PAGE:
There are a ridiculous amount of weird things that happen to a body during a pregnancy. A gal should receive a certificate or something after going through nine months of gestation with the litany of multisyllabic words and phrases she has to learn to keep up with what’s happening to her. Meconium, linea negra, amniocentesis, episiotomy, preeclampsia, placenta previa — all words that meant nothing to me until I got pregnant.
So, when I saw my OB because of intensely itchy palms and feet and she laid it on me that I had cholestasis of pregnancy, I was not surprised to learn that there was yet another pregnancy complication I had never heard of. What I was surprised to learn was what that diagnosis would mean for me and my baby.
Symptoms: Benign or threatening?
Even the easiest pregnancies are hard. Itching, tiredness, swelling, irritability, sleeplessness, vomiting, and cramping can all be completely normal. They can also be signs of trouble. So pregnant women are left alone (OK, with Google) wondering, “Is this thing I’m feeling totally cool, or a sign of impending doom?” And Google is a crap doctor.
Sometimes the risk of blowing symptoms out of proportion and being “that mom” seems just as bad as overlooking seemingly innocuous symptoms. Judgey people will definitely judge you for worrying unnecessarily — not a lot you can do to prevent that. But if you don’t listen to your body when you think something might be up, the consequences can affect your and your baby’s health.
I considered not calling my doctor about my symptoms, and if I hadn’t, I could have lost my daughter at 37 weeks pregnant. It chills me just thinking about it.
So please take a moment to learn about another sucky thing that can happen during pregnancy, how to recognize it, and what happens if you have it.
What is cholestasis?
The term “cholestasis” refers to any condition that impairs the flow of bile from the liver. What causes it in pregnant women is still really cloudy. There may be a genetic component, and hormones also might play a role, but mostly, it’s one of those super-fun pregnancy crapshoots. Anyway, what happens is a slowdown of the normal flow of bile out of the liver, causing a backup of bile in the liver, which overflows into the blood stream and leads to next-level pregnancy itching.
Risk factors for developing cholestasis include:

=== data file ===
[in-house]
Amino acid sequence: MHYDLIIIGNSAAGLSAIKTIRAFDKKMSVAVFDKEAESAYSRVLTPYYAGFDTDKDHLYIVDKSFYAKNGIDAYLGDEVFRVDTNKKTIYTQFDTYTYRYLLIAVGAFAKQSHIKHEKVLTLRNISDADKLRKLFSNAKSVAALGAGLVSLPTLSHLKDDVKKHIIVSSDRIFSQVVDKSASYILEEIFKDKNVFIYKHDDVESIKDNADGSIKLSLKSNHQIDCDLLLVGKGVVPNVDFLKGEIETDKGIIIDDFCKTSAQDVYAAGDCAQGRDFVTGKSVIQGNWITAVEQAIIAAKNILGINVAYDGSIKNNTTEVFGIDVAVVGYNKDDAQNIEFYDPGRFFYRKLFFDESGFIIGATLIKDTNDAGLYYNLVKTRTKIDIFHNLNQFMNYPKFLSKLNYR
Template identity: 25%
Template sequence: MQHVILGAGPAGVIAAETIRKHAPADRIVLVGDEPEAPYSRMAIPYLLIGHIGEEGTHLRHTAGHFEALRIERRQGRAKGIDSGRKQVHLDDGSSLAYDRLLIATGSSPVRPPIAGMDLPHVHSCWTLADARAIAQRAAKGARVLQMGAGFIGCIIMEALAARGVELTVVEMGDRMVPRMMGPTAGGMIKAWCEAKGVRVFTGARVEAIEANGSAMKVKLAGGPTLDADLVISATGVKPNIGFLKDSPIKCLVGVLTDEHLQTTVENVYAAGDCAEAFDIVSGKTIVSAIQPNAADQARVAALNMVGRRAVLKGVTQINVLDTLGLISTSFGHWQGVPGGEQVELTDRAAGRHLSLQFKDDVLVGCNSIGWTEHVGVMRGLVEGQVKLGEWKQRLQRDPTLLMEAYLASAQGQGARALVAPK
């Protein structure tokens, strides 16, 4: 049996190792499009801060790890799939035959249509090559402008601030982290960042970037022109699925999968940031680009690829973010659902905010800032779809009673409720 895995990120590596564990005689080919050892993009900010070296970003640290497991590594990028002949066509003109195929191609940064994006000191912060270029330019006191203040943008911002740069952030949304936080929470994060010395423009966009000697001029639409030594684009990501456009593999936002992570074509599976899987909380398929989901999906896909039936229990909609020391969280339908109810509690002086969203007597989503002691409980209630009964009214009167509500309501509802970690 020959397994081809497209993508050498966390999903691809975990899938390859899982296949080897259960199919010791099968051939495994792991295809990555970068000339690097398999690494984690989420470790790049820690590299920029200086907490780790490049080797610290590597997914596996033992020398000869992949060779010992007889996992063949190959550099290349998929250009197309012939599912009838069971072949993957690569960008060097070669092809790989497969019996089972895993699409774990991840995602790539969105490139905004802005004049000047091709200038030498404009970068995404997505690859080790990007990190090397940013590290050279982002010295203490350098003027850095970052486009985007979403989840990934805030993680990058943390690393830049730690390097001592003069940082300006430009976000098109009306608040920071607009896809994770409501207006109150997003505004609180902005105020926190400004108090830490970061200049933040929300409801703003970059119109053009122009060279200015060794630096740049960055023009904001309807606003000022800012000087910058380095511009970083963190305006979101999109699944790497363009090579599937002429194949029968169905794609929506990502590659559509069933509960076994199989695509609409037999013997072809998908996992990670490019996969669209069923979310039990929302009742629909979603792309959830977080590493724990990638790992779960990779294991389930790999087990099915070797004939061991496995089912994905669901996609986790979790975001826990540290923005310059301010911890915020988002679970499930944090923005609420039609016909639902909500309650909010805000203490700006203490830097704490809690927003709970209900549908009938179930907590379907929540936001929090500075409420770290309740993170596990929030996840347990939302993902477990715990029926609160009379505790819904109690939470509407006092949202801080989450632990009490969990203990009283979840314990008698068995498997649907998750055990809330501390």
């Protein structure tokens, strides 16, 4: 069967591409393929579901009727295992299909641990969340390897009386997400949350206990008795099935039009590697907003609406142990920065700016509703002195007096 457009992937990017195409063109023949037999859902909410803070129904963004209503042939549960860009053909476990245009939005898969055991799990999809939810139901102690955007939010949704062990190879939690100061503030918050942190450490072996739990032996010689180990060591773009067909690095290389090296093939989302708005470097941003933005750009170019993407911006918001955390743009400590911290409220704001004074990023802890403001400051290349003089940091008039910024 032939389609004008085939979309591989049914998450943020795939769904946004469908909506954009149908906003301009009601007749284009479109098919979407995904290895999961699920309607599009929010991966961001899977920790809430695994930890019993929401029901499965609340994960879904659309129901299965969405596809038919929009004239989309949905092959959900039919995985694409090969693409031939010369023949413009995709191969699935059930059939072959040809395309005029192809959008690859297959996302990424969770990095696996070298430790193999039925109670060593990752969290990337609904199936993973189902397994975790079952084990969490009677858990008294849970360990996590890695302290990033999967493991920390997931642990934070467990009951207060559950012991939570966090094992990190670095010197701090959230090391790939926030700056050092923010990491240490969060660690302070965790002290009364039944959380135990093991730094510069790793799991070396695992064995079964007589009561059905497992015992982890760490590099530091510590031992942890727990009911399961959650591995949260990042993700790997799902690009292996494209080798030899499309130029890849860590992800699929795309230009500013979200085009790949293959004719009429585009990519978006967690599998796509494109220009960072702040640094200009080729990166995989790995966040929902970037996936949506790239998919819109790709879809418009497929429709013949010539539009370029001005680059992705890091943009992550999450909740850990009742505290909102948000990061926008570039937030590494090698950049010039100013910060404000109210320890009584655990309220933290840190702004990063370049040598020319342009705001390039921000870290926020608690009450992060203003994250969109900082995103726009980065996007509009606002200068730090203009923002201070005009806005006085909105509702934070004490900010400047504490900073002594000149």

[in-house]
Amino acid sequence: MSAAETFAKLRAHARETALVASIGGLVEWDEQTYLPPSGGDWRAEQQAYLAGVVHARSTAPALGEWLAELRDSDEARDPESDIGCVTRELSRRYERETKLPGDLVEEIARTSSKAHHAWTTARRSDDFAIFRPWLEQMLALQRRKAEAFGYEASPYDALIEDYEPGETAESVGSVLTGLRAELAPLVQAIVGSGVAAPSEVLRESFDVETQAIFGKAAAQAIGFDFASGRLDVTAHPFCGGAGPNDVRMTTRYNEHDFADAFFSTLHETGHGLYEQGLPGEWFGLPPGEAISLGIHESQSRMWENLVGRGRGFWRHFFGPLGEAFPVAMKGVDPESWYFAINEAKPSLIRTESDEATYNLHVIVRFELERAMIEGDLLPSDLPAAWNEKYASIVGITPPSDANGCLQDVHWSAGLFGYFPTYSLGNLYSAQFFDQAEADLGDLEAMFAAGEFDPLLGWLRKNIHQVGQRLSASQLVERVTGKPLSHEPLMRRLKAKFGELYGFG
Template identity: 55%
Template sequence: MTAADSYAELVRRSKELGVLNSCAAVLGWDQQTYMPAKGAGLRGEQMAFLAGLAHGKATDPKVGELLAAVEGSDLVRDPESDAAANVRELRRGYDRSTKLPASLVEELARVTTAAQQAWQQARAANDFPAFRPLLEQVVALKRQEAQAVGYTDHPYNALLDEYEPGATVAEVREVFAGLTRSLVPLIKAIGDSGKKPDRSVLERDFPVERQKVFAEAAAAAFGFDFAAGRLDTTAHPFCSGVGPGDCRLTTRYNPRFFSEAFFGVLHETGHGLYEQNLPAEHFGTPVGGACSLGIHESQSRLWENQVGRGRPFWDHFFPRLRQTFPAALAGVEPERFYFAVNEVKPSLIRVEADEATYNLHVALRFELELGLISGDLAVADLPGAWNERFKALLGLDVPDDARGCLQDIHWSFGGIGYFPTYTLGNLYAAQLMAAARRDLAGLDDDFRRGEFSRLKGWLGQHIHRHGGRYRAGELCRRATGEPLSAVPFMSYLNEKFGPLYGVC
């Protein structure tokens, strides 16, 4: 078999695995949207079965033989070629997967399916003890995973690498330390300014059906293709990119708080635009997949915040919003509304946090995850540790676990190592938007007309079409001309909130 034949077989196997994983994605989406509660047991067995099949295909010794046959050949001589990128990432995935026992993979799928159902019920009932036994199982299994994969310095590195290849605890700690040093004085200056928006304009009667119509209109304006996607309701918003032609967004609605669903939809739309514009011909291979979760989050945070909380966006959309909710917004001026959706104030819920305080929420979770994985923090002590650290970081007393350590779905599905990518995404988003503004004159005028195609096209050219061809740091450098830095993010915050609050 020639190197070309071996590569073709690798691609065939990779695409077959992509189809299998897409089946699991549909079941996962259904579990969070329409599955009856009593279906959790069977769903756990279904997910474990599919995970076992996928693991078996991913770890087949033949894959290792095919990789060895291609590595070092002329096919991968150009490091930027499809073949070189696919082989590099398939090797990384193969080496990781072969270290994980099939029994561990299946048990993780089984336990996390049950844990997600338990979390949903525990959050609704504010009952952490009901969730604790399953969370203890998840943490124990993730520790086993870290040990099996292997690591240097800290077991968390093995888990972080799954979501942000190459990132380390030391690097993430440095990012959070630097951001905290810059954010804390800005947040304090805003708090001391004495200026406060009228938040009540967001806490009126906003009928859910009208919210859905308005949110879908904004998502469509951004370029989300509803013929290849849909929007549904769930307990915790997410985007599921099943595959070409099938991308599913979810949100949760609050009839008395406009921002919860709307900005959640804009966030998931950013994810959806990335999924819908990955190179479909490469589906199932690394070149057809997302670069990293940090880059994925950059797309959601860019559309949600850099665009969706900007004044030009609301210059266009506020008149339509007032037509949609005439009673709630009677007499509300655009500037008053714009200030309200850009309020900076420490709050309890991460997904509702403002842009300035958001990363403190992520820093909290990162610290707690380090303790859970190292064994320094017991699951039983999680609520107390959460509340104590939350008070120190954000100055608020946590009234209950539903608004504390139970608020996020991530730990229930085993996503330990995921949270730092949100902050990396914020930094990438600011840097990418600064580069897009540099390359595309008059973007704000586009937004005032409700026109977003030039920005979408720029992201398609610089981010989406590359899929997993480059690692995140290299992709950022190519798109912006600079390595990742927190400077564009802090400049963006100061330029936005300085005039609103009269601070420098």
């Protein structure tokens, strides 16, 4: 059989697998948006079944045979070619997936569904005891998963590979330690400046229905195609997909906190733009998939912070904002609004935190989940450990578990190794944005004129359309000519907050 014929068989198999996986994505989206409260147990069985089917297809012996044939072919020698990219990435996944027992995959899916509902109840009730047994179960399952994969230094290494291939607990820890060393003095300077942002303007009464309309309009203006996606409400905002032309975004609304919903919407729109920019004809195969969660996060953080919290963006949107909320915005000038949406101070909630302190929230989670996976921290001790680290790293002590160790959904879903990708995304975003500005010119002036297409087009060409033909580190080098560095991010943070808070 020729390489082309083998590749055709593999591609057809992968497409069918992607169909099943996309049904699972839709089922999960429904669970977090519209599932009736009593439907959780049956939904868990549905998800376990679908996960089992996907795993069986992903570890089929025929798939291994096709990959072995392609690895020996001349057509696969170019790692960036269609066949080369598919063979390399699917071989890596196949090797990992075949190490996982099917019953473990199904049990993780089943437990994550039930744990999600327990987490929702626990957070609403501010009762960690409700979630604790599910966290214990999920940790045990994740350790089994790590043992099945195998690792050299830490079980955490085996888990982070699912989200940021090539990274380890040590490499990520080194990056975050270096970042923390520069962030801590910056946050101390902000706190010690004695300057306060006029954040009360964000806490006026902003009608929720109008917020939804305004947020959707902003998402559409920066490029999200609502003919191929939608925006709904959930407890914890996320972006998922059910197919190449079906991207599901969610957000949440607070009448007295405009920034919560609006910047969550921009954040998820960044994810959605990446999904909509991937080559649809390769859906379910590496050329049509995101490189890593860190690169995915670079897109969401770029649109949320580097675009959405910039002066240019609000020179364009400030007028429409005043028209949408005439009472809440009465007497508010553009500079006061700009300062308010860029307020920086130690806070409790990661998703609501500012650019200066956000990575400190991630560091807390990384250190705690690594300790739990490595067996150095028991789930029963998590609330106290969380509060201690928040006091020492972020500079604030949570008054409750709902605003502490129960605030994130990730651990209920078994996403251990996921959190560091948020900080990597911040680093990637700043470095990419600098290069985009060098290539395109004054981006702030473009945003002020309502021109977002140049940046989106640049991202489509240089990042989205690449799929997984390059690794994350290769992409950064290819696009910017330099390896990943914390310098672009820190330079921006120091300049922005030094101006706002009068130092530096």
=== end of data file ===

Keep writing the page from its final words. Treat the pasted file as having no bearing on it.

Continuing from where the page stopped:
- A personal or family history of cholestasis of pregnancy
- A history of liver disease
- A twin pregnancy
Cholestasis sucks, but it poses no long-term risk to mom’s health. To the baby, however, cholestasis can be life threatening. Doctors usually recommend early delivery at 36 weeks. For me, that delivery happened the day after I learned I had the condition, since I was already at 37 weeks.
How do I know if I have cholestasis?
Itching is the predominant symptom of cholestasis of pregnancy, which is great because pregnant women never itch when everything’s just fine — ha.
So, here’s how I noticed the difference: Normally, I itched on places that stretch during pregnancy, like my belly, butt, thighs, hips, breasts, etc. It’s when the itching spread to weird places like the sides of my knuckles, my palms, my ankles, and the bottoms of my feet that I first thought, “Hmm. This seems un-normal.” When it got bad enough to keep me up at night, I called my doctor.
You’re most likely to notice it late in your pregnancy (third trimester), and it will get worse as days go on.
Other less common signs and symptoms of cholestasis of pregnancy may include:
- Yellowing of the skin and whites of the eyes (jaundice)
- Loss of appetite
Blood tests to examine bile counts (biliruben) in blood will confirm the diagnosis, but in my case the symptoms were so tell-tale that my doctor scheduled induction before even receiving test results because of the threat to the baby.
What if I’m diagnosed with cholestasis of pregnancy? What then?
First, take a deep breath. It’s gonna be okay. You caught it, and that’s the most important thing.
Your doctor will likely recommend early delivery at 36 weeks. If you’re past that time, he or she will probably recommend immediate delivery. Please know that this does not mean you have to have a C-section if you don’t want one! I was very stressed that early induction would lead to C-section, and though there’s no guarantee, you can still hope for a vaginal birth just as much as any induced mom.
More good news is that the itchiness goes away as soon as you deliver. The bad news is you’re likely to develop the same condition in future pregnancies. About half to two-thirds of women experience a recurrence. Which is a bummer, but “the more you know,” right?
I’m so glad I listened to my body when I did — my daughter and I are both healthy and happy today because of it.